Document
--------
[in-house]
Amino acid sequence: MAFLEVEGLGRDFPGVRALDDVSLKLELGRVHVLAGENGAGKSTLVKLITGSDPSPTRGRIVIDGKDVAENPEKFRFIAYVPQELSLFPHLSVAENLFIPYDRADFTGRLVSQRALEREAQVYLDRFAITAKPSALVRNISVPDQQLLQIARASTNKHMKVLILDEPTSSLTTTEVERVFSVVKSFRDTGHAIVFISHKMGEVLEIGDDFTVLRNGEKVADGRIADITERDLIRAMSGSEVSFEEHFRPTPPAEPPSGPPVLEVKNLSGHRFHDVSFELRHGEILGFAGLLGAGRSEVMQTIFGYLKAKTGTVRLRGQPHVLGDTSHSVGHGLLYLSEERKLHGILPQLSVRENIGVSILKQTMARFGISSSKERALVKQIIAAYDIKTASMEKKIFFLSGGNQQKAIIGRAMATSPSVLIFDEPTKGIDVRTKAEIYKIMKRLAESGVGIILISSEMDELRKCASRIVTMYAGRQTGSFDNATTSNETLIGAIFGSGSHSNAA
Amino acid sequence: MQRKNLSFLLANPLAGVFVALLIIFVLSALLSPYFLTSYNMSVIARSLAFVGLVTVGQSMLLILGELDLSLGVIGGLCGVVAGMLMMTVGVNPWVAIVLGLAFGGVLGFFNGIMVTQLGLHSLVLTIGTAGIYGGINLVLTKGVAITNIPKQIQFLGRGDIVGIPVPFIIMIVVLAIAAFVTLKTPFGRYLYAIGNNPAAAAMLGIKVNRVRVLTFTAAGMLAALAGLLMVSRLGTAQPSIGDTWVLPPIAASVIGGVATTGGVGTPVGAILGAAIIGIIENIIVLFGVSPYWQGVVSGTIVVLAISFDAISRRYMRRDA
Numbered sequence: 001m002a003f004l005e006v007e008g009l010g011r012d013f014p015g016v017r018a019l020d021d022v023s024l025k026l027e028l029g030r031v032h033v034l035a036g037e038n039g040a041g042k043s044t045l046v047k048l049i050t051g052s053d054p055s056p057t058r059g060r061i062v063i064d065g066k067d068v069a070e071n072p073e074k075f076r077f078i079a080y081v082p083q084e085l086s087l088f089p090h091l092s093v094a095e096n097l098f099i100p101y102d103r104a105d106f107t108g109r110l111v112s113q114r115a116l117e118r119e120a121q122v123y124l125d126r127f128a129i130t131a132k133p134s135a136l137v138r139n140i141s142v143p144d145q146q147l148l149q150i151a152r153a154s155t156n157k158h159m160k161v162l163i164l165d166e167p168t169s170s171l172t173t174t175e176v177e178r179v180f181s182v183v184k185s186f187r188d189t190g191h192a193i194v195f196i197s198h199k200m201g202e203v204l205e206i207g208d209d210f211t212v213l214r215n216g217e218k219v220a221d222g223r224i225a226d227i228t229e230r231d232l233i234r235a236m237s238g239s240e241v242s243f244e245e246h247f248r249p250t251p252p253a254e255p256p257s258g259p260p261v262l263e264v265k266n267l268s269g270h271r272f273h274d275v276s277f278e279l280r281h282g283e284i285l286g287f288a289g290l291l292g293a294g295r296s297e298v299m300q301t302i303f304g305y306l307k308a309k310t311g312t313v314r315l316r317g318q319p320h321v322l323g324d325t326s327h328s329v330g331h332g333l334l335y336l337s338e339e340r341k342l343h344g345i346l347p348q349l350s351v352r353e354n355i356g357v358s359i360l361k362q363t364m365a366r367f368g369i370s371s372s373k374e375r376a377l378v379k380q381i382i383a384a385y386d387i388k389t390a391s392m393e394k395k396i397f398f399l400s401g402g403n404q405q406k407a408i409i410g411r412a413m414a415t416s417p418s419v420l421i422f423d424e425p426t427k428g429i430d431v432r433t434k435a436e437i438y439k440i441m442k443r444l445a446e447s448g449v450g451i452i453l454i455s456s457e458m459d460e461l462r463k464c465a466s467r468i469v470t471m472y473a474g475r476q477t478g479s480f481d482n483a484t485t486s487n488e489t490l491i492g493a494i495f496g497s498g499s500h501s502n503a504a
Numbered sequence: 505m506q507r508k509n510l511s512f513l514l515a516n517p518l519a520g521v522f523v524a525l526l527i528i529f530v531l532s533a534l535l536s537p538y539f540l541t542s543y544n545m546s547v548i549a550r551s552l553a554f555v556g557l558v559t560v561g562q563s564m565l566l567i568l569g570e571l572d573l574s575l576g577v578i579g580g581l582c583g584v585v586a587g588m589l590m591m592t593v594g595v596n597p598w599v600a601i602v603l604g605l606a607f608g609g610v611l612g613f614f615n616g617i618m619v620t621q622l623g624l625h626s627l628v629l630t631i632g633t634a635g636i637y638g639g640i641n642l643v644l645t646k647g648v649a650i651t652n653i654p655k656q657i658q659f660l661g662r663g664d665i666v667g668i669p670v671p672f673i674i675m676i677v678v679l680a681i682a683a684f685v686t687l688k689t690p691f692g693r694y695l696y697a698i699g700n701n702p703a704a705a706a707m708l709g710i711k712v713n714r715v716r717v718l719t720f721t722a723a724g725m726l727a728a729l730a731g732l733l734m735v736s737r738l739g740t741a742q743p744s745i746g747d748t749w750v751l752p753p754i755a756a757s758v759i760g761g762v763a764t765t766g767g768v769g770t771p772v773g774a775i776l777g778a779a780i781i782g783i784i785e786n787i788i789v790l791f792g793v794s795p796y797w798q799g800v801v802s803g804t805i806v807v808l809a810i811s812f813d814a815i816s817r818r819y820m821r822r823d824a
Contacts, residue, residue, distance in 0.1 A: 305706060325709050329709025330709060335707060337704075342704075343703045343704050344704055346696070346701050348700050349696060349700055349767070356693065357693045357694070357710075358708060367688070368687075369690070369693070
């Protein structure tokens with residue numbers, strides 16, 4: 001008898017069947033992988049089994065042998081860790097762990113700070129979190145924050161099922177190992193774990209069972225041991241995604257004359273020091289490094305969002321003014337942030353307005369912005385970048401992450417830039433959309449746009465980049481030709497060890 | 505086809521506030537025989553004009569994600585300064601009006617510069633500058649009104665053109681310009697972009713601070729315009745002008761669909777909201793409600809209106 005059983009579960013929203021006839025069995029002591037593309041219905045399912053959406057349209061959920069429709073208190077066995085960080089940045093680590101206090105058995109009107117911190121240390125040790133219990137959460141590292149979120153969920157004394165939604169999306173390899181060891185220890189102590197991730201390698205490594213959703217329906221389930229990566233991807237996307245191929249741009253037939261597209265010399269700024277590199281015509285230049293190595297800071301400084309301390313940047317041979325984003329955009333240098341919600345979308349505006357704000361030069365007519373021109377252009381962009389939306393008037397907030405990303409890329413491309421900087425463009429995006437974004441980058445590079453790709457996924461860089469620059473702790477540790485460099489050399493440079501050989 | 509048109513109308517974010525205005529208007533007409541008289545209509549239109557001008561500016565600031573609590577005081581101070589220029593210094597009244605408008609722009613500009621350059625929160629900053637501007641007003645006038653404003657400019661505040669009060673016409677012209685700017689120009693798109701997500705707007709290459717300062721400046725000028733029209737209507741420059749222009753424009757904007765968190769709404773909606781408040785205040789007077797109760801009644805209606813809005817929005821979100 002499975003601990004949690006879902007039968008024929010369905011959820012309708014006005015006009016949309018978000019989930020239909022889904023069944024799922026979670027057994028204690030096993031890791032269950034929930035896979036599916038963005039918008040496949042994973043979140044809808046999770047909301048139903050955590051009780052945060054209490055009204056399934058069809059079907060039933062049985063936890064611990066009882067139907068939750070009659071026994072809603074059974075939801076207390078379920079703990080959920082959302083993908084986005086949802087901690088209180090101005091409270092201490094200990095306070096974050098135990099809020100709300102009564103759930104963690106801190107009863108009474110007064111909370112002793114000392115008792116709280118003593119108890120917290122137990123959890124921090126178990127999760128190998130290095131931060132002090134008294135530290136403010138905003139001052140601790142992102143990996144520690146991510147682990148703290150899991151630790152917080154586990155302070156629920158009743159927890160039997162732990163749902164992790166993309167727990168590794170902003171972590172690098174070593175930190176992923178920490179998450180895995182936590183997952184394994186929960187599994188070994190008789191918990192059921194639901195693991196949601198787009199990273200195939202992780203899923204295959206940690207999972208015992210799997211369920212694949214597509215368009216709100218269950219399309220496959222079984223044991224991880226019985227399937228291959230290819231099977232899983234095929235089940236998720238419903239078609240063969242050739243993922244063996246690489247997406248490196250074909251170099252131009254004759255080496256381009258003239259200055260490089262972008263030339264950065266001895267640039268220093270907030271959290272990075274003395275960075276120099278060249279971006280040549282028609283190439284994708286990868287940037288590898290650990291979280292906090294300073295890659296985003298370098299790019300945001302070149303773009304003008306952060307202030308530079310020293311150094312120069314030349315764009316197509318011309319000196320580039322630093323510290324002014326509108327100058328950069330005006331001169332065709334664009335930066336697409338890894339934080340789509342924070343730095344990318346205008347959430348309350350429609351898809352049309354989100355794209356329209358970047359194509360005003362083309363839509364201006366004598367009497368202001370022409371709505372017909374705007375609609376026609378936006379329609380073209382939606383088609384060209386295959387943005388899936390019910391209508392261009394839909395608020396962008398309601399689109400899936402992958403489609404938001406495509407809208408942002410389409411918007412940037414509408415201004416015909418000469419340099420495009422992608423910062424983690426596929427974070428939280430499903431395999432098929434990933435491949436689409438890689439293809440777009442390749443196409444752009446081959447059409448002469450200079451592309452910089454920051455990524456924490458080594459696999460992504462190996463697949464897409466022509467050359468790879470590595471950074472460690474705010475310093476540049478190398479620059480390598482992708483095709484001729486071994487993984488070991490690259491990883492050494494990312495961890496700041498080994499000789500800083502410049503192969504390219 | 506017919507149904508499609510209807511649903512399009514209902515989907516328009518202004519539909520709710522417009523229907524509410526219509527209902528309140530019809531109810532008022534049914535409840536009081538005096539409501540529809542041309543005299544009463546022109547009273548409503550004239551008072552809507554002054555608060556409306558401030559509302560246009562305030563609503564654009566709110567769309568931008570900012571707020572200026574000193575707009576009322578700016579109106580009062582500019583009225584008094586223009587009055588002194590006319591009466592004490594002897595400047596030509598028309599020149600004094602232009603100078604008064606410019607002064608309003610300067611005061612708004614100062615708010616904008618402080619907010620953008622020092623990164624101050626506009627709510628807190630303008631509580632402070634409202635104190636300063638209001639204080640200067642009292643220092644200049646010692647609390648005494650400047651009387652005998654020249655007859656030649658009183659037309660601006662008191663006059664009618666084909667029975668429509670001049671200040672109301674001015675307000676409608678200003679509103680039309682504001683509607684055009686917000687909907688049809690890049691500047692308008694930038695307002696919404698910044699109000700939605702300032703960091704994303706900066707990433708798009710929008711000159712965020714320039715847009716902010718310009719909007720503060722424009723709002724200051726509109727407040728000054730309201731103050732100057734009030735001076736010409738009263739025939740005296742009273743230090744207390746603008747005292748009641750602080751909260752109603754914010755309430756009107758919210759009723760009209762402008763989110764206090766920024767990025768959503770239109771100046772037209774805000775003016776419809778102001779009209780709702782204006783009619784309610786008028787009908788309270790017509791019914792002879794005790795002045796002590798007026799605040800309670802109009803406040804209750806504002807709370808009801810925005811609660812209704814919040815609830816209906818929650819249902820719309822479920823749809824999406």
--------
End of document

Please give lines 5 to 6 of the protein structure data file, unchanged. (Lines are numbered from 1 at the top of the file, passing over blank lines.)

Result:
Numbered sequence: 505m506q507r508k509n510l511s512f513l514l515a516n517p518l519a520g521v522f523v524a525l526l527i528i529f530v531l532s533a534l535l536s537p538y539f540l541t542s543y544n545m546s547v548i549a550r551s552l553a554f555v556g557l558v559t560v561g562q563s564m565l566l567i568l569g570e571l572d573l574s575l576g577v578i579g580g581l582c583g584v585v586a587g588m589l590m591m592t593v594g595v596n597p598w599v600a601i602v603l604g605l606a607f608g609g610v611l612g613f614f615n616g617i618m619v620t621q622l623g624l625h626s627l628v629l630t631i632g633t634a635g636i637y638g639g640i641n642l643v644l645t646k647g648v649a650i651t652n653i654p655k656q657i658q659f660l661g662r663g664d665i666v667g668i669p670v671p672f673i674i675m676i677v678v679l680a681i682a683a684f685v686t687l688k689t690p691f692g693r694y695l696y697a698i699g700n701n702p703a704a705a706a707m708l709g710i711k712v713n714r715v716r717v718l719t720f721t722a723a724g725m726l727a728a729l730a731g732l733l734m735v736s737r738l739g740t741a742q743p744s745i746g747d748t749w750v751l752p753p754i755a756a757s758v759i760g761g762v763a764t765t766g767g768v769g770t771p772v773g774a775i776l777g778a779a780i781i782g783i784i785e786n787i788i789v790l791f792g793v794s795p796y797w798q799g800v801v802s803g804t805i806v807v808l809a810i811s812f813d814a815i816s817r818r819y820m821r822r823d824a
Contacts, residue, residue, distance in 0.1 A: 305706060325709050329709025330709060335707060337704075342704075343703045343704050344704055346696070346701050348700050349696060349700055349767070356693065357693045357694070357710075358708060367688070368687075369690070369693070